Both candidates blamed de Blasio for allowing violent crime to grow over the past year by telling police officers to “stand down,” especially during the last summer’s demonstrations over the killing in Minneapolis of George Floyd while in police custody.

Mateo said he believed most protesters behaved honorably, but rioters infiltrated the demonstrations to loot, break, and steal. Sliwa said he stood with the Guardian Angels against the violence and suffered a broken jaw.

The candidates pledged to restore morale among the rank-and-file police officers. Both favored reforming the controversial Anti-Crime Unit and said it had effectively taken illegal guns off the streets. They also supported a renewal of the “Broken Windows” campaign of former mayor Rudy Giuliani, which deterred violent crime, with a top-down approach to battling all crimes, including vandalism, petty theft, and vagrancy.

Reducing crime would help clear the way for the city’s economic recovery from the pandemic, the candidates said.

Mateo, who has also represented bodega owners, said he knows the pain small business owners face. He said he would urge the return of wealthy entrepreneurs who left the city to find more favorable business climates.

“I would do it by cutting taxes, not increasing taxes,” Mateo said. “I would welcome back the rich, making sure that they are part of the fabric of New York. I would make sure that we engage the rich and make sure that corporations and small businesses are able to create jobs and opportunities for kids.”

Sliwa said businesses must be allowed to reopen to recapture their vibrancy.

“If you go down 42nd Street, 80 percent of the facilities are abandoned,” he said. “There’s absolutely no activity. In fact, there’s more activity in downtown Buffalo at midnight than in areas in Times Square. And yet, they provide 15 percent of the economic contributions to this great city of ours. It gives $5 billion in taxes. It has 46 hotels and 41 theaters.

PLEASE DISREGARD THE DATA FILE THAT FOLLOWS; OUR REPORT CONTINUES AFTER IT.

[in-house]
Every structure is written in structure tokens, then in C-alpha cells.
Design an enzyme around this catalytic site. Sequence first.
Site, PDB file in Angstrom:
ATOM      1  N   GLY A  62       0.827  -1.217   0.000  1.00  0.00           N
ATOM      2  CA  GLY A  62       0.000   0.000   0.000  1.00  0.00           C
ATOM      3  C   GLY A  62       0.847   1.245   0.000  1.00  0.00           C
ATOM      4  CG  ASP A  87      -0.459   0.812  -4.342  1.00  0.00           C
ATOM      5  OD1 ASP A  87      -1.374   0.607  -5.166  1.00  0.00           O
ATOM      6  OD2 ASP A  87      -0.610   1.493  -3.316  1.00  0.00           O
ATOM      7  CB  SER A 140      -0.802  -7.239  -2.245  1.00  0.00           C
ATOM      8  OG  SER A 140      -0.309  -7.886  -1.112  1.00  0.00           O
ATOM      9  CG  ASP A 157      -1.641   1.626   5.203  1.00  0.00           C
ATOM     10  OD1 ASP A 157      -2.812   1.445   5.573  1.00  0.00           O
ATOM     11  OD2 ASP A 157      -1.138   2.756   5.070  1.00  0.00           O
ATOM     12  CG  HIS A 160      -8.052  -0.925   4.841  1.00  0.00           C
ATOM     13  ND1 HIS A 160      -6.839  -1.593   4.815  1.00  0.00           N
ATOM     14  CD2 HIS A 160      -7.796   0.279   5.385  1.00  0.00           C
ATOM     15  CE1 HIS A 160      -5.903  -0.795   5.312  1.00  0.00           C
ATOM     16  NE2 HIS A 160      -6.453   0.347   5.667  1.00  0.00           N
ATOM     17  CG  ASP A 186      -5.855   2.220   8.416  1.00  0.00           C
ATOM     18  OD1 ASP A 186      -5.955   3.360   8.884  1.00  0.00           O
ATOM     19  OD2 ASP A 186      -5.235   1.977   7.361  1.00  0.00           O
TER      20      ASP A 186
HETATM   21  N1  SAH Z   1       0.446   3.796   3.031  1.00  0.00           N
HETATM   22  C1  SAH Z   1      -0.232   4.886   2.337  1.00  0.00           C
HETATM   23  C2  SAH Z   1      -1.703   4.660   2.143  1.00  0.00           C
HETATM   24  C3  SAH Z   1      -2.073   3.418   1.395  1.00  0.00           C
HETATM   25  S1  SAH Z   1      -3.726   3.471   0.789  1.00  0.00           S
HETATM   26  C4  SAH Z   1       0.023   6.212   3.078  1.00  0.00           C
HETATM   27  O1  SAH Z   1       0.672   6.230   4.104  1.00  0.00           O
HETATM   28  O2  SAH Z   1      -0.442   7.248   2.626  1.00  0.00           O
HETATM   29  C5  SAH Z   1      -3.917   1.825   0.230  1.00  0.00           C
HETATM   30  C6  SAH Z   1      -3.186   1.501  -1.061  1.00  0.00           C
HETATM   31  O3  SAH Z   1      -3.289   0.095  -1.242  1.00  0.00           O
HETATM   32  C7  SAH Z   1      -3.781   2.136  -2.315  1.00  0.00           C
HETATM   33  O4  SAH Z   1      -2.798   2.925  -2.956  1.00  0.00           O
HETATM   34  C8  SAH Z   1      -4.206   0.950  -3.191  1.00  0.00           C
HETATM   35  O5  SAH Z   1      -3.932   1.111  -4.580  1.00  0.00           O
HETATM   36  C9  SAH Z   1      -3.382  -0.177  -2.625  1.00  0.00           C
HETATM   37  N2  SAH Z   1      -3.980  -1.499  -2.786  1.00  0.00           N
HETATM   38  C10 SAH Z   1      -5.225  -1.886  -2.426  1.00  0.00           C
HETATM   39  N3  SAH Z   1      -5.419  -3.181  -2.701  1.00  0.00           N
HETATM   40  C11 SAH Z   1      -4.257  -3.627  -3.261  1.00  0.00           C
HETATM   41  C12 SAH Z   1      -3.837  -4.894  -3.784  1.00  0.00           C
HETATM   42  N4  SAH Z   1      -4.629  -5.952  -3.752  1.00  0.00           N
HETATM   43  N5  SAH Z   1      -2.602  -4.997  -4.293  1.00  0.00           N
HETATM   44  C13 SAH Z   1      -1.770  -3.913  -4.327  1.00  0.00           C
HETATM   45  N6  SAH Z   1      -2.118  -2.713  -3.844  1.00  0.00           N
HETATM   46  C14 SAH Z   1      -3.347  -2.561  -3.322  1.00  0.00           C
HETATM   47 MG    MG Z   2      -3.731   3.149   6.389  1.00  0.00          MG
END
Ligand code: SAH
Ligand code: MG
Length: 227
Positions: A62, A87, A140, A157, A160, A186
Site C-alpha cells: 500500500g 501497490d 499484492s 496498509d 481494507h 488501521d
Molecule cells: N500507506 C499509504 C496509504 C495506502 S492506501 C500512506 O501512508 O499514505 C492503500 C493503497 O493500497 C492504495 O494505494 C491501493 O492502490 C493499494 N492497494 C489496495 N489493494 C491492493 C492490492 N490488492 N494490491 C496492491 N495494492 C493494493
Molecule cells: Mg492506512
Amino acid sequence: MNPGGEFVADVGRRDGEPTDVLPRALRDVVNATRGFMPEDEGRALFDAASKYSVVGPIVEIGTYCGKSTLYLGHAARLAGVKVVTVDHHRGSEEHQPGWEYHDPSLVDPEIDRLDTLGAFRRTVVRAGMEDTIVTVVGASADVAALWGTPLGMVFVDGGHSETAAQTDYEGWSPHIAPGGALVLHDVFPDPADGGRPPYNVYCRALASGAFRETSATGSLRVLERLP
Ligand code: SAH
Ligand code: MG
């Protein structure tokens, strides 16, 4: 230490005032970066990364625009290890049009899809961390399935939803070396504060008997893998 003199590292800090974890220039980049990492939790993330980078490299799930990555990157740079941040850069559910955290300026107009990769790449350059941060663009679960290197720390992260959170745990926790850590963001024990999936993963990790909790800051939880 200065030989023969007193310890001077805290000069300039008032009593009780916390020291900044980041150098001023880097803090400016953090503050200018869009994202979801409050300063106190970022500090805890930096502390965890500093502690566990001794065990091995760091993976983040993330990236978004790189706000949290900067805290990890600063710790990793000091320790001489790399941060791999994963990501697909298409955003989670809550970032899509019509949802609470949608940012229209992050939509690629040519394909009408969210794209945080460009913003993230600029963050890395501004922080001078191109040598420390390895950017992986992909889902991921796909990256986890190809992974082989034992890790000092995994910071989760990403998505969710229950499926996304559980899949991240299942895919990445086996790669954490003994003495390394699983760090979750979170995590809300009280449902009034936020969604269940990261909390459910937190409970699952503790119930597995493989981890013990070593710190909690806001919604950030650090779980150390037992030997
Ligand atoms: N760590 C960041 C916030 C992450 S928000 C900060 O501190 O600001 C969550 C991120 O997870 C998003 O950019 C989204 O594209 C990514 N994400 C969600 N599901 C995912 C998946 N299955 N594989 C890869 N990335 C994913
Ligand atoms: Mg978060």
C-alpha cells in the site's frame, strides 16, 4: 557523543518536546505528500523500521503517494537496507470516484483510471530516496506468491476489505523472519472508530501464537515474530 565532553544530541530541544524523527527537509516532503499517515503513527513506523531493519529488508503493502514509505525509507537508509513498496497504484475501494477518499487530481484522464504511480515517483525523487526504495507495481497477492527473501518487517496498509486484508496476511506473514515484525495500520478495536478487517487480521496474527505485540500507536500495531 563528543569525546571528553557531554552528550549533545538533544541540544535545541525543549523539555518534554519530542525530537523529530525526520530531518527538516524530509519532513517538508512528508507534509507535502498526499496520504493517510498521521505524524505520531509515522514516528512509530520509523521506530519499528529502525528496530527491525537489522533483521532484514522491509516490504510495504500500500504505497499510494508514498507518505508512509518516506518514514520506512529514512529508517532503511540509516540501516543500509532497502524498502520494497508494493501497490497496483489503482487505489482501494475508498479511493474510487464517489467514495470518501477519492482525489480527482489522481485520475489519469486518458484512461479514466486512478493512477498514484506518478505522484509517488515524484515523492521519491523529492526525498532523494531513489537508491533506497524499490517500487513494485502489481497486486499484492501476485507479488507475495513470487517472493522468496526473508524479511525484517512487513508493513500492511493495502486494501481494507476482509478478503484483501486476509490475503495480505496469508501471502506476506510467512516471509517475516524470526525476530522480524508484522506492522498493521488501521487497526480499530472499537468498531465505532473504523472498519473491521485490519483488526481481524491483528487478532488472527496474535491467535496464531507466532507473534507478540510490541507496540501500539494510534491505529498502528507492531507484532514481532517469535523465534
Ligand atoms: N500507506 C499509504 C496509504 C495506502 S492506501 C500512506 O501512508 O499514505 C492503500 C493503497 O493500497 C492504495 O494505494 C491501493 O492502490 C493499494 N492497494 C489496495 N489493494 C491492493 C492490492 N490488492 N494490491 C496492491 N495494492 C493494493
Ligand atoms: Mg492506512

“We got to completely open it up.”

Catholic schools praised

Likewise, Sliwa said schools must be reopened. He took a shot at de Blasio’s handling of school closures during the COVID-19 pandemic. He said private schools have shown they can open safely.

“The mayor of the city of New York must open up all the schools,” he said. “The Catholic schools and the parochial schools have not had problems with this pandemic.”

Both candidates said they’d improve New York City public schools and implement better school choice opportunities, which, they said, has suffered under de Blasio’s administration.

Sliwa added, “not only will I allow for more charter school applicants, but I’m going to promote vocational training at all levels. All school systems are going to have to do more vocational training because that’s where the jobs are.”

“I would make sure that parents have the right to get a voucher and send their kids to whatever school they believe their kids should go to,” Mateo said. “If they want to send them to a charter school, I am for it. If they want to send them to a Catholic school, I am for it. If they want to send them to a yeshiva, I am for it. Children are the parents’ treasure, and you want to make sure that your kid gets the best bang for the buck.”

The primary is set for June 22, and Nov. 2 is election day.